Batman: Gotham City Racer
Picture yourself playing a new Batman game, maybe another Arkham sequel. This time the developers have opted for a really heavily vehicular gameplay style, even more so than Arkham Knight’s. You start the game in a souped up batmobile; your mission is to drive across Gotham where some supervillain’s gang has been wreaking havoc. You drive through the city and reach your destination, an old warehouse. The game throws you into a cutscene. Batman kicks ass. Then you’re driving again. Drive here, the game says. When you do, you’re thrown into another cutscene. Batman kicks ass. When do I get to kick ass? you wonder. You’re behind the wheel again. Here’s your destination, the game says. Now picture the game in PS One graphics, with loading screens popping up halfway through levels to render the rest of the city. This, amazingly, is Gotham City Racer.
Spawn: The Eternal
Spawn, starring a wetwork agent with a heart of gold who comes back from the dead (thanks ‘90s), is pretty good fodder for a comic book game. Spawn: The Eternal, gaming’s second attempt at making good on Todd McFarlane’s elaborately caped hell-born hero, is baffingly bad. The game follows an ugly, under-rendered Spawn through the ages, jogging through a seemingly endless procession of barren, smeared levels devoid of anything to do except beat baddies up. When you do encounter an enemy, the camera switches from third-person 3D to a 2D fighting game plane, inexplicably trying to apt Street Fighter with about a fifth of the precision or response. Hilariously, Spawn also has a finite magic meter, which if totally depleted ends the game. Nothing else needs saying.
Are you a fan of 2004’s Catwoman? Do you enjoy running around on all fours, kicking lone guards into dumpsters? Do you think actually rescuing cats is a good video game activity for a superhero? Do you appreciate having to collect jewelry and a diamond encrusted health meter? Do you think this bizarre screensaver was a good use of the developer’s time and effort? Do you like cat-related puns? Are you a fan of 2004’s Catwoman (repeated for emphasis)? Congratulations, you’re a fan of the Catwoman game. Now get away from me.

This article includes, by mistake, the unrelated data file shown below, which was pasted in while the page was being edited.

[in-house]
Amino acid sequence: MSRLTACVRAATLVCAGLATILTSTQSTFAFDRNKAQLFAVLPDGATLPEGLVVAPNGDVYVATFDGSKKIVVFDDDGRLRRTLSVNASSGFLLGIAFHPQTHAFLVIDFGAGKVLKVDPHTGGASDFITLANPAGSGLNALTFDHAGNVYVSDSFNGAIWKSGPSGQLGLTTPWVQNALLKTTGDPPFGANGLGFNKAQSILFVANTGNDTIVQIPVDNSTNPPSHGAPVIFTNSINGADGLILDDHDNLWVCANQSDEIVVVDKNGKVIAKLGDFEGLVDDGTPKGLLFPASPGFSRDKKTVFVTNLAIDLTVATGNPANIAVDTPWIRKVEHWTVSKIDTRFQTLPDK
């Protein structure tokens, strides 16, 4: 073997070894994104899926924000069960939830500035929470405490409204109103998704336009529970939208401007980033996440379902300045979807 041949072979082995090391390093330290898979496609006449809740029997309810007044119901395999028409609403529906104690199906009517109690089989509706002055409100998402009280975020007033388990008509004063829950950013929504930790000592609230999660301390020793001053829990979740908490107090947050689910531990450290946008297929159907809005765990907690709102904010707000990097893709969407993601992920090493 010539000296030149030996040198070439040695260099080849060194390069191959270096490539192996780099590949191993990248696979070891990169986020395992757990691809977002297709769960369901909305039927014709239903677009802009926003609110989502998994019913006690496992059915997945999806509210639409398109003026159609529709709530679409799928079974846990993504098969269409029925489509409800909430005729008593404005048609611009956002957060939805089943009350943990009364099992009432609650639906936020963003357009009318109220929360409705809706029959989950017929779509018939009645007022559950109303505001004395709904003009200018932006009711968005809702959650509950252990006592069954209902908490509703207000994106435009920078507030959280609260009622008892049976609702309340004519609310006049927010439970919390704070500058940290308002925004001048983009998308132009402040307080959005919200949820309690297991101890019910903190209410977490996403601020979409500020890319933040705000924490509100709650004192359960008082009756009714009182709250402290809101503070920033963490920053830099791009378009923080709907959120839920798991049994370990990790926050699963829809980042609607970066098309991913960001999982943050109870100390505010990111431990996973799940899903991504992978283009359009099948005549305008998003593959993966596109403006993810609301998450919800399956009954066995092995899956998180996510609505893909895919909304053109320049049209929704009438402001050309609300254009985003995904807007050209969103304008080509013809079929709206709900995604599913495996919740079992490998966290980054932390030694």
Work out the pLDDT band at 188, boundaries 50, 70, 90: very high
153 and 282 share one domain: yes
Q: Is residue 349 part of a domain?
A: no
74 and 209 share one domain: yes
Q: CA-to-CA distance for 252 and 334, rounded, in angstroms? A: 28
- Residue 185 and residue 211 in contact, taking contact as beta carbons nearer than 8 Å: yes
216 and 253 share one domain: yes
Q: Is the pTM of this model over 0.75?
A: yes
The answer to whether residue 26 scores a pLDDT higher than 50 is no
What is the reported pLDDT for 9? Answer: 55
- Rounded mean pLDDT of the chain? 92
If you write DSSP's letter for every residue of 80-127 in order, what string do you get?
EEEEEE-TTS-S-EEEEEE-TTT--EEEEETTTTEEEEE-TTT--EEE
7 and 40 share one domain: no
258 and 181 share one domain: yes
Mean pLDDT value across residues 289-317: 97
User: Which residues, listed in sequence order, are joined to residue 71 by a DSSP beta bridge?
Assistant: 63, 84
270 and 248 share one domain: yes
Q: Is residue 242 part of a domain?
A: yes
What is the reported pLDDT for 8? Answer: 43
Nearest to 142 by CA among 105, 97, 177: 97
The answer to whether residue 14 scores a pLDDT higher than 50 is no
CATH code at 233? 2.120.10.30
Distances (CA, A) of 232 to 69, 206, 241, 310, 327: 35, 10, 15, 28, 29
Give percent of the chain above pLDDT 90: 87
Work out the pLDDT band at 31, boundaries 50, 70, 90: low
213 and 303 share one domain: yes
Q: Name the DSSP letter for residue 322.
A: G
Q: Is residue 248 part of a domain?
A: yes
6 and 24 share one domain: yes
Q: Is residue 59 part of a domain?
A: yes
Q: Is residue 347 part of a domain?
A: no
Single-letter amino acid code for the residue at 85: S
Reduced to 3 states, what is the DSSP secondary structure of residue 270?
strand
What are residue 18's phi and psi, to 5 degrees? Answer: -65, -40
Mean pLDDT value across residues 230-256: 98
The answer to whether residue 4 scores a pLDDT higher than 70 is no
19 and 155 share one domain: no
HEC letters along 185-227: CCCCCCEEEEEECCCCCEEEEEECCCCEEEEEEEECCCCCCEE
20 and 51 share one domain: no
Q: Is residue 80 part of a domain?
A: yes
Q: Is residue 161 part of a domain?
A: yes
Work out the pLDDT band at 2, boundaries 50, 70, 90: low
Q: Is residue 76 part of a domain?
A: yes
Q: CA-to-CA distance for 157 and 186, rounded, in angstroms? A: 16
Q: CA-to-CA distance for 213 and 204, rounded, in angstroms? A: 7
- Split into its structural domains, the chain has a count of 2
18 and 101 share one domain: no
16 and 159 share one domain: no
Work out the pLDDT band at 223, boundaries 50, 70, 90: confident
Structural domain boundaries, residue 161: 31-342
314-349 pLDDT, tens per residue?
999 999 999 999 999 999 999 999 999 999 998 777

What can anyone say about this game that hasn’t already been said? Lex Luthor tells Superman that in order to save his friends, he must solve his maze. You fly through rings. There’s a lot of fog to hide the horrendous pop-in. Superman 64 sucks.
You really only need to watch this intro for Acclaim’s execrable 1997 Fantastic Four PlayStation adaptation to know that it’s an abomination simply due to the funk-pornstache music here. What would possess anyone to associate this with a team of cosmic ray-empowered superheroes? But if you dare continue, it gets worse. Gameplay is run-of-the-mill brawler slog, with models that look like they’re made out of wet papier-mâché that move at about 10 FPS. The weird, warped way the characters move make the game feel like it was a low-rent Eastern European knockoff that was being made without permission until the last minute. And throughout it all, there’s bright, jazzy sax to make sure you never forget about ‘70s humping. Just awful.